Cosigning a Student Loan: Pros and Cons

June 18, 20220
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Cosigning a Student Loan: Pros and Cons

Introduction

A college degree can be a huge investment, with the average student graduating with almost $30,000 in debt. If you can’t afford to pay it all off yourself, you may need to borrow money, but many students have trouble qualifying for loans. Cosigning a student loan can help you get the financing you need to attend college by expanding your options. However, this arrangement is not without risks. Read on to learn more about cosigning a student loan and whether it’s right for you and your family.

What it means to cosign a student loan

It’s important to know that cosigning a student loan means you are responsible for the debt. You will not be the primary borrower, guarantor, or co-borrower, but rather just a cosigner. To compare:

  • A cosigner is a person who signs on to another person’s loan agreement in order to help them qualify for better rates and terms by assuming some of the risks if the borrower does not pay back their debt on time.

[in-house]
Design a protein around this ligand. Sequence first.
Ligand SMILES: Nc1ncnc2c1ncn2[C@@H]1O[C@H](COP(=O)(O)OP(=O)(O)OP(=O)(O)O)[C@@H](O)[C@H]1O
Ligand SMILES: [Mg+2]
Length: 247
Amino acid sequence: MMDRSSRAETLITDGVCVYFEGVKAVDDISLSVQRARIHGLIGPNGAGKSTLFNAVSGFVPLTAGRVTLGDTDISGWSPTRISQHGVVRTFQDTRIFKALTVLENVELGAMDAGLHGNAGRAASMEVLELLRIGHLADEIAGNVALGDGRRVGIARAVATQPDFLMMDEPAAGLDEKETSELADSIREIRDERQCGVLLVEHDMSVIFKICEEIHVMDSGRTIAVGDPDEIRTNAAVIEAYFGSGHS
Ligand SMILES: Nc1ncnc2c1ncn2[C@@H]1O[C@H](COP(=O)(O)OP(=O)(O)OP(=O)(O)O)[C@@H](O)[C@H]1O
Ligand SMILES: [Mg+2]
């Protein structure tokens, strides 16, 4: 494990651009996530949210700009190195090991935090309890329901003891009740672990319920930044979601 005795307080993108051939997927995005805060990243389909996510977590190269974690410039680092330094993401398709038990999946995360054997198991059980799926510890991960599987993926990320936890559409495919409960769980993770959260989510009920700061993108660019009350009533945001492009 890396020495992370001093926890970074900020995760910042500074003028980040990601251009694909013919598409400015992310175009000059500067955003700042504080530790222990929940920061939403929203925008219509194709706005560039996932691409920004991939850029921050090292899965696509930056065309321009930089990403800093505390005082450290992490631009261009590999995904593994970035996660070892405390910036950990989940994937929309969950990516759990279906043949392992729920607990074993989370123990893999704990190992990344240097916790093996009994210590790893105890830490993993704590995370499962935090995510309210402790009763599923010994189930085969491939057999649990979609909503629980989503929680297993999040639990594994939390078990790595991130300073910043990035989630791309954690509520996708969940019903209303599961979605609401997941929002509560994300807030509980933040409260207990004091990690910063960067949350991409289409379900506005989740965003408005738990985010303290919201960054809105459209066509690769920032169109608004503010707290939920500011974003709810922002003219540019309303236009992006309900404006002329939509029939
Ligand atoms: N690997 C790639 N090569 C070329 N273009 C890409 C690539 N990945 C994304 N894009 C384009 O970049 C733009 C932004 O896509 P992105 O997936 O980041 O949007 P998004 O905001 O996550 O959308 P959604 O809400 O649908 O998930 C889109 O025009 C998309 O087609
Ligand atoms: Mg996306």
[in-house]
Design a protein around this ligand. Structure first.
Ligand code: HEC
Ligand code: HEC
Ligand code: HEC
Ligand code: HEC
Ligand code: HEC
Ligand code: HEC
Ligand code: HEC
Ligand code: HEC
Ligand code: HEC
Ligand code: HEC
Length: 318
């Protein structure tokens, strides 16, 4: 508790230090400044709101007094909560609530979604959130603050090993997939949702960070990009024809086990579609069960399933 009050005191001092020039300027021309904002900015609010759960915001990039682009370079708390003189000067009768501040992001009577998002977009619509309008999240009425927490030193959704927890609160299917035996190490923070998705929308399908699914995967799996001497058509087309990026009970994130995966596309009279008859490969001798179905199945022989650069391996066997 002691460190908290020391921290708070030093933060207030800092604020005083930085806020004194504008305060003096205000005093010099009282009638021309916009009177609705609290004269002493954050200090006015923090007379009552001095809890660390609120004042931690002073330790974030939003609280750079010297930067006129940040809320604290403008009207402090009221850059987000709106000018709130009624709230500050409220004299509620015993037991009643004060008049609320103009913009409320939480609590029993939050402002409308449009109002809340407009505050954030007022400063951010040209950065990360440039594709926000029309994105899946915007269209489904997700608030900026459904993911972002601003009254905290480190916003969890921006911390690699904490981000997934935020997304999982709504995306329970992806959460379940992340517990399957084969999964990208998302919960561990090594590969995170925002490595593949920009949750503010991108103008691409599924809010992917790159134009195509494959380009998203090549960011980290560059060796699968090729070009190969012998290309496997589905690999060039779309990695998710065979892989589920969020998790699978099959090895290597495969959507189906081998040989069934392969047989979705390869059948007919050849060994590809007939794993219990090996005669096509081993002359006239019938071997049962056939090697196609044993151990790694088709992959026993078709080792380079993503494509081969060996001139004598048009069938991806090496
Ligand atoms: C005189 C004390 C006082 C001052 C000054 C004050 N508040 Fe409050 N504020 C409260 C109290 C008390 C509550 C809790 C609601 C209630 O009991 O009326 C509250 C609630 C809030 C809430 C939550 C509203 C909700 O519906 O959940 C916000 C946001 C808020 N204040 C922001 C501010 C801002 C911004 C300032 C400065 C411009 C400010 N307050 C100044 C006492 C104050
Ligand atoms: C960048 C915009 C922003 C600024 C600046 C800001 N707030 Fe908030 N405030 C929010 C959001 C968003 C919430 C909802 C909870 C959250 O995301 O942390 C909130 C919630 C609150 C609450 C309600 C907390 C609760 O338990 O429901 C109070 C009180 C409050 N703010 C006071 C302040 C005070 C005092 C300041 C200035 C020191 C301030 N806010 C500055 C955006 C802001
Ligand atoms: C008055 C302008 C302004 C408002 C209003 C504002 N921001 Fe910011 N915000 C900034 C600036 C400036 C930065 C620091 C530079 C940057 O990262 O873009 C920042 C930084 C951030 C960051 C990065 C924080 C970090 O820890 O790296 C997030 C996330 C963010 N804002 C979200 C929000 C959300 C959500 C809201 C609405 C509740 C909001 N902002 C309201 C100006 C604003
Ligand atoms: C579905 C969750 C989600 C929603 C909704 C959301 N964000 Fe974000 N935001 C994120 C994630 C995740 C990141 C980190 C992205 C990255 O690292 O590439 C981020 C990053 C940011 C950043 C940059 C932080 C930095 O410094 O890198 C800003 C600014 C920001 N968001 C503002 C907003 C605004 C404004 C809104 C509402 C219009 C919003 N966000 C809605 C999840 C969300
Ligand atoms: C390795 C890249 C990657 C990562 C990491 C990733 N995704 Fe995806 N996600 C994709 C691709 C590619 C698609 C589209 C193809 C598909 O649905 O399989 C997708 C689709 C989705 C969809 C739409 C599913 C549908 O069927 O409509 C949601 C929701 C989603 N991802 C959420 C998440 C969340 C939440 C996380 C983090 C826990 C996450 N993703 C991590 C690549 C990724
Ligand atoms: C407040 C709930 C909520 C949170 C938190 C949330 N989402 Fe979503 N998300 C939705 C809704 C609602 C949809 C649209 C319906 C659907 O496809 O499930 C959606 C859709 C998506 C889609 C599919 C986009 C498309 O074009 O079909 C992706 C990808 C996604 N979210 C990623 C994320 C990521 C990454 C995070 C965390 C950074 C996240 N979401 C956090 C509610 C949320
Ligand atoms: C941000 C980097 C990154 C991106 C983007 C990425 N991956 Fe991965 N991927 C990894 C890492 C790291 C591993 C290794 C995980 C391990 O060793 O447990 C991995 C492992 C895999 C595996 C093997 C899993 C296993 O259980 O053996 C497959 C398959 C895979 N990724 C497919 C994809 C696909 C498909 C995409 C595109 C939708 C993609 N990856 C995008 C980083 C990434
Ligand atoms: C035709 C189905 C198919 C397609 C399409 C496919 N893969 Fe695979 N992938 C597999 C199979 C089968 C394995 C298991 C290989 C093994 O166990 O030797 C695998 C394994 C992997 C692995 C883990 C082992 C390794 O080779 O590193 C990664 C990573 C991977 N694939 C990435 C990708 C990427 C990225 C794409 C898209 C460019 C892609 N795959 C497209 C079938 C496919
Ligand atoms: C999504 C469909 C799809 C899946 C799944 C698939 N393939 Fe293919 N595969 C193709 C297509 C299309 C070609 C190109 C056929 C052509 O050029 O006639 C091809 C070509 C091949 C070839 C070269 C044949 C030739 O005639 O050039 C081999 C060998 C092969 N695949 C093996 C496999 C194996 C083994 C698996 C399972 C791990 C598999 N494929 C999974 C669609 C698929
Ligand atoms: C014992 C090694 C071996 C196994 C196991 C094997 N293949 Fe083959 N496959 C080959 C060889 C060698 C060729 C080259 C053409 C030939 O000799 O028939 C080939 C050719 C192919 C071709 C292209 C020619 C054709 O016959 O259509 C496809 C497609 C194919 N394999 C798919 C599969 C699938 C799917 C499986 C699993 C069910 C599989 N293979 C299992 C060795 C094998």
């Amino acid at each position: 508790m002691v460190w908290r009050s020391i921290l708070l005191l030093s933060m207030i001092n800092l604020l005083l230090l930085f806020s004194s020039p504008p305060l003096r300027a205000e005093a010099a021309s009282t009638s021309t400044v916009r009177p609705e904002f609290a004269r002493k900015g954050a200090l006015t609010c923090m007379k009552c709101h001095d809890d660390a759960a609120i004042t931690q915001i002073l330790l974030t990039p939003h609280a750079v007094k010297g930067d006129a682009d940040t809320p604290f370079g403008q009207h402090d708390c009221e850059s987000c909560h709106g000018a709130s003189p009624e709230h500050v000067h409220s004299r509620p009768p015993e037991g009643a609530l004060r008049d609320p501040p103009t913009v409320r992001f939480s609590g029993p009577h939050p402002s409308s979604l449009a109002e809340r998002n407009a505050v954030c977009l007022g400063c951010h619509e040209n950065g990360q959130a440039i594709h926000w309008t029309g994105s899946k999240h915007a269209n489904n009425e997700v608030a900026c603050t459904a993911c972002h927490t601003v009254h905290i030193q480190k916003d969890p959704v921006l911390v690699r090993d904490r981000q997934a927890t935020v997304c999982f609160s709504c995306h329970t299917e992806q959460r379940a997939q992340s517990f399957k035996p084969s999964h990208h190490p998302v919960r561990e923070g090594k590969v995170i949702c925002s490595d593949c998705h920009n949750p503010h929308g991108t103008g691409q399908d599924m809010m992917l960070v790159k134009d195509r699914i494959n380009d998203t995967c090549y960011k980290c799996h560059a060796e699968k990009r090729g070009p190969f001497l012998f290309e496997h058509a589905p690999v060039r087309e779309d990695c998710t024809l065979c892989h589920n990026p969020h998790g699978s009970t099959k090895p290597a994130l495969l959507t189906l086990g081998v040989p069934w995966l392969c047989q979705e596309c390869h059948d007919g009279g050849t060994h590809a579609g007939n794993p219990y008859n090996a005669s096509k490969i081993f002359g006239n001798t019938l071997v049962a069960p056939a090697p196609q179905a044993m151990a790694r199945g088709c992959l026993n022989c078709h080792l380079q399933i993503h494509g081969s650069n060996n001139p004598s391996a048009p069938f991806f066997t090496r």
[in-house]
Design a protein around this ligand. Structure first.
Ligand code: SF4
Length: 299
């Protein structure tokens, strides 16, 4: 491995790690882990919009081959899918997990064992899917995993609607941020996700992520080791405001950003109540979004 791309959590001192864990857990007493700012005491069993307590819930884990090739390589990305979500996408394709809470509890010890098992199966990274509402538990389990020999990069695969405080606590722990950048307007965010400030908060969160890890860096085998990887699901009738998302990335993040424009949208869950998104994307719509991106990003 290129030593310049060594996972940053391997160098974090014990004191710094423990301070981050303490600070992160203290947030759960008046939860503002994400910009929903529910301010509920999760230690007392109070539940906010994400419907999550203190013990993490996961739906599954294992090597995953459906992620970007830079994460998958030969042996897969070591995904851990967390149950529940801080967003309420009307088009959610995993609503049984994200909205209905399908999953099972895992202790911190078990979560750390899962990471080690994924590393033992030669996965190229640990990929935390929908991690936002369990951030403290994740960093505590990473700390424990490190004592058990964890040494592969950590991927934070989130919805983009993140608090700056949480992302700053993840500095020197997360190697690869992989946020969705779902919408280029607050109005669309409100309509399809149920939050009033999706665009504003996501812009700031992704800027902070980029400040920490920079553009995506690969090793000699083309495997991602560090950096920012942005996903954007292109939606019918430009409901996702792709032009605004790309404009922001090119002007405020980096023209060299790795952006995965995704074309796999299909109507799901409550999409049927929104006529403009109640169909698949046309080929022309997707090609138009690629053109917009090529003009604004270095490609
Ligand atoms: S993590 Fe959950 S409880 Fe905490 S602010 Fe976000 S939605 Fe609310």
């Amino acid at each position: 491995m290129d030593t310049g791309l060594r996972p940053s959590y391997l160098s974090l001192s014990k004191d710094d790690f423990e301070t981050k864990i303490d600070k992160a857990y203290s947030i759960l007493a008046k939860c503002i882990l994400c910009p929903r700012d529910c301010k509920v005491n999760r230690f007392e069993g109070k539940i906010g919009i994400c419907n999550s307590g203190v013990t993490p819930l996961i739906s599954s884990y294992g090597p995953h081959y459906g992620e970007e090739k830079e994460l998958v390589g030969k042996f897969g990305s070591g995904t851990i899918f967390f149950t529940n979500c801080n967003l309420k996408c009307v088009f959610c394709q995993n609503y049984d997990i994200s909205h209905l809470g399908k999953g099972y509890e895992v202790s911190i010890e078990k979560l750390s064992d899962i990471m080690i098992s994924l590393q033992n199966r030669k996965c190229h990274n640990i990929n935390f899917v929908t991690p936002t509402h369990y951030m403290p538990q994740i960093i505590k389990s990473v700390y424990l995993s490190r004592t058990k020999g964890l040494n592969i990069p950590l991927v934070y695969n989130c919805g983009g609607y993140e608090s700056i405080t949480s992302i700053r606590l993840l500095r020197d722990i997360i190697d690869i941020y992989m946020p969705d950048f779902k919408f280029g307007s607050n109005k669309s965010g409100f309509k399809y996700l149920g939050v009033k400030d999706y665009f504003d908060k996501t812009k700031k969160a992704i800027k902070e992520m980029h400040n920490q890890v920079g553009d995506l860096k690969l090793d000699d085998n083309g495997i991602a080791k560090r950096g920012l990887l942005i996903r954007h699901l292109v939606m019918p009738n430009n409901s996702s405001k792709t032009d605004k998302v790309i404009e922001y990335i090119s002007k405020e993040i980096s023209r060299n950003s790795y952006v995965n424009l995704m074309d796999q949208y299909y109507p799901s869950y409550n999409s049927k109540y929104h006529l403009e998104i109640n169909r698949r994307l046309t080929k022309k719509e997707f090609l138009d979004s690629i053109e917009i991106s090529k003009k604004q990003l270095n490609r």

• A guarantor signs on to another person’s loan agreement and promises that they will repay any amount owed by either of them should they fail to pay off their own loans according to schedule.
  • A co-borrower goes into an agreement with another individual whose financial status is already established (and has been approved) through their credit history and income verification; they then both receive benefits from being able and willing each other to succeed financially in spite of any potential shortfalls between what one may earn versus what another brings home monthly or annually based upon factors such as employment status type (freelancer vs employee), geographic location where work takes place daily etcetera.”

Pros of cosigning a student loan

  • You can help your student get approved for a loan. When you cosign a student loan, you are helping your child or family member build their credit history and show lenders that they are responsible borrowers. This can be especially helpful if they have not worked full-time in several years or if they have limited or no income.